What Do You Value the Most?

Published 2:41 pm Wednesday, February 9, 2022

While watching the evening news last week on one of the local channels a segment was aired about making preparation for retirement. They gave some advice and presented some financial figures to go along with the discussion, including how much a twenty-four year old would have to put back each month for forty years to acquire one million dollars for the senior season of life. Just in case you are wondering, I did not do that and the monthly amount they stated as necessary to achieve the goal would have been out of the question when I was that age considering my earnings in that day. Nevertheless, it was a good reminder of the value of planning ahead and accumulating some resources, if possible, for a later time when it will be greatly needed. Even so, material things must be kept in the proper perspective and not viewed as our primary reason for existence. Christ instructs us in Matthew 6 concerning what is of greatest value: “Do not store up for yourselves treasures on earth, where moth and rust destroy, and where thieves break in and steal. But store up for yourselves treasures in heaven, where moth and rust do not destroy, and where thieves do not break in and steal” (verses 19-20, New International Version). His statement is not an edict against putting reasonable resources aside for a later time, but it has to do with what is of most value to us. In fact, the Lord stated in the next verse: “For where your treasure is, there your heart will be also.” Those statements should cause us to do some heart searching to see what is of most value to us and to see what our real treasures in life are.

In the Old Testament book of Ecclesiastes, the writer—very likely King Solomon, the son of David–gives us a glimpse of one who did some deep searching of his life to see what was truly important. He was well off and of great authority, which enabled him to experience a lot of things in his search for meaning in life. Yet, outside of a genuine relationship with God, he found that much of his pursuit of fulfillment came up empty, meaningless, and like chasing after the wind.

During the course of his searching, however, he discovered a number of things of greater value than fine earthly treasures. Among them is the importance of keeping our promises to God. In Ecclesiastes 5:4 we are reminded that “When you make a vow to God, do not delay in fulfilling it. He has no pleasure in fools; fulfill your vow.” It is unwise to make heartless and thoughtless promises to God that are never kept.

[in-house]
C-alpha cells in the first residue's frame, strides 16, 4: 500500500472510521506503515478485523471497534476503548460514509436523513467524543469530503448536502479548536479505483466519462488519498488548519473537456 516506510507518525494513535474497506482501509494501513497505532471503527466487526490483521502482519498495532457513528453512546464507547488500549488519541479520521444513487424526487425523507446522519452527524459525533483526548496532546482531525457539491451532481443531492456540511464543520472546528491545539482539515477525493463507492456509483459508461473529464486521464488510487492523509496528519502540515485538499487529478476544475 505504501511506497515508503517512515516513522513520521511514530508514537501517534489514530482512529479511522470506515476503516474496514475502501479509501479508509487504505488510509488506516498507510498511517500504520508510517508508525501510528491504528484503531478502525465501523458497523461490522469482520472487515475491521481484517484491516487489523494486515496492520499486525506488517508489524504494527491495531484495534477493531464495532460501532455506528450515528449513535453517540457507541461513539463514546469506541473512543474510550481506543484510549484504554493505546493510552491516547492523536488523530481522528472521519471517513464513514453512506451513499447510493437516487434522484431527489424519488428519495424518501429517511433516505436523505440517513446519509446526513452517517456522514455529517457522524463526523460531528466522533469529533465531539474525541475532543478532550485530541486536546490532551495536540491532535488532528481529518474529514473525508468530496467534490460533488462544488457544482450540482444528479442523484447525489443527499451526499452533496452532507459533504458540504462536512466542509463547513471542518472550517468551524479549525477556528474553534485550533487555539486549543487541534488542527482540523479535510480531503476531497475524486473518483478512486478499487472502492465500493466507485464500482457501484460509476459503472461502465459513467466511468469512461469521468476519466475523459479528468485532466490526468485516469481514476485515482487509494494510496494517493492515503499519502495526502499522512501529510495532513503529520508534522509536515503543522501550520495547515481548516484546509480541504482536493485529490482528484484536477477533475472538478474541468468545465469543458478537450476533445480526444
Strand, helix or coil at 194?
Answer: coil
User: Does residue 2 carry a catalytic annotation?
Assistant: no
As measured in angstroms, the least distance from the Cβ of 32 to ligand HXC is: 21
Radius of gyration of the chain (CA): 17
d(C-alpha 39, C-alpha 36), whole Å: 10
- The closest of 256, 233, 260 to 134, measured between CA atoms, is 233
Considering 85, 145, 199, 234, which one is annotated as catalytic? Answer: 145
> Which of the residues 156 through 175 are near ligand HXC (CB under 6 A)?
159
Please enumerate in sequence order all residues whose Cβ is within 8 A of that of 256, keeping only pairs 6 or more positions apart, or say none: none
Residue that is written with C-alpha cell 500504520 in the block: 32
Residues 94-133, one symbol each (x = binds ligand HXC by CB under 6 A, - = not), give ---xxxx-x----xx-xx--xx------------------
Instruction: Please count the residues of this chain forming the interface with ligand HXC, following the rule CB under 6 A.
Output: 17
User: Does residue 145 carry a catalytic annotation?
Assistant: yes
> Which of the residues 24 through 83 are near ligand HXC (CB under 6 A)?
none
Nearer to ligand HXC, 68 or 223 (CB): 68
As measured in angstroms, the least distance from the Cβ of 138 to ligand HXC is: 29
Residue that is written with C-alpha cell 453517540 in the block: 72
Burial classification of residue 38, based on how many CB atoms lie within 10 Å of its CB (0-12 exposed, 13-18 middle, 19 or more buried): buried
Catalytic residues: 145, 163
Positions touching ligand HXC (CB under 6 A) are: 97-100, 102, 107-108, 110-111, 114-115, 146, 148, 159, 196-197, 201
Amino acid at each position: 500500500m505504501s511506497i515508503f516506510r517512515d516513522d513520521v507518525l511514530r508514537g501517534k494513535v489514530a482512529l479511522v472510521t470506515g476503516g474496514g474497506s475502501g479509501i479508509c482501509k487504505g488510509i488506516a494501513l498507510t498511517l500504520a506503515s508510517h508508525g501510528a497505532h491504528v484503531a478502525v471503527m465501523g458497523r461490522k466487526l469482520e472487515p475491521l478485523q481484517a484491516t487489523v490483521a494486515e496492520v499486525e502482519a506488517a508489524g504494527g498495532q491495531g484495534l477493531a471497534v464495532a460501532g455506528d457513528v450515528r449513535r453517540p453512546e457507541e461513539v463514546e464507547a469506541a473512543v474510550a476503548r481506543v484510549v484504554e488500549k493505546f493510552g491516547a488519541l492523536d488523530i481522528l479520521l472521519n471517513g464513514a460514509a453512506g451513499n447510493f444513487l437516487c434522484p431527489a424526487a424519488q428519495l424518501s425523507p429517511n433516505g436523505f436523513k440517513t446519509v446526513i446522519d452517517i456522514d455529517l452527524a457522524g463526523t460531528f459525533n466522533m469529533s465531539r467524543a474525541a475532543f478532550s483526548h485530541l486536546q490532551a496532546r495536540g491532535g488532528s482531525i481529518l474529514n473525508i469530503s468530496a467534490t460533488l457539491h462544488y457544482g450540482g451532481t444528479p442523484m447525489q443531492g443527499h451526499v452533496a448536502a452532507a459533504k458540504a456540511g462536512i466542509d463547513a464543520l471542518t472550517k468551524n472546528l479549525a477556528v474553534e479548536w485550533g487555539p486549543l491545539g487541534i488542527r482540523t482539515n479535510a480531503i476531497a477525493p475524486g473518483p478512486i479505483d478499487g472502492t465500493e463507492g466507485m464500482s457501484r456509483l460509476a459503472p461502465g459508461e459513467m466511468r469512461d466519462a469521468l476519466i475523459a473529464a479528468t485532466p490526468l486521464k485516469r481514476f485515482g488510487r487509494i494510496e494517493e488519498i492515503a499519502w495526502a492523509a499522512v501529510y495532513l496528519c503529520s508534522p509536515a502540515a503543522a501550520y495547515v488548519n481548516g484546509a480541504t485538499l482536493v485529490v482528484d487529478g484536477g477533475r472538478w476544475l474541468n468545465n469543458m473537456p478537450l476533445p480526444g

Not only is keeping our promises to God something that should be truly important to us, but it is imperative for us to always remember that the material things of this life cannot satisfy the needs deep within our hearts. Ecclesiastes 5 expresses an important truth in verse 10: “Whoever loves money never has money enough; whoever loves wealth is never satisfied with his income. This too is meaningless.” It does not take a lot of searching to find those persons who are so obsessed with financial and material wealth that they allow it to be the driving force of their lives. Proverbs 23:4 warns us “Do not wear yourself out to get rich; have the wisdom to show restraint.”

With God’s help we must continually allow our hearts and desires to be searched by God to see that we are valuing the things that are important to Him and nurturing to our relationship with Him. King Solomon searched long and hard– with a great deal of frustration at times—yet when it was all said and done he arrived at a most accurate summary of what is really important in life: “Now all has been heard; here is the conclusion of the matter: Fear God and keep His commandments, for this is the whole duty of man” (Ecclesiastes 12:13). Revering and obeying God–what a most simple and accurate conclusion about what is most valuable in life!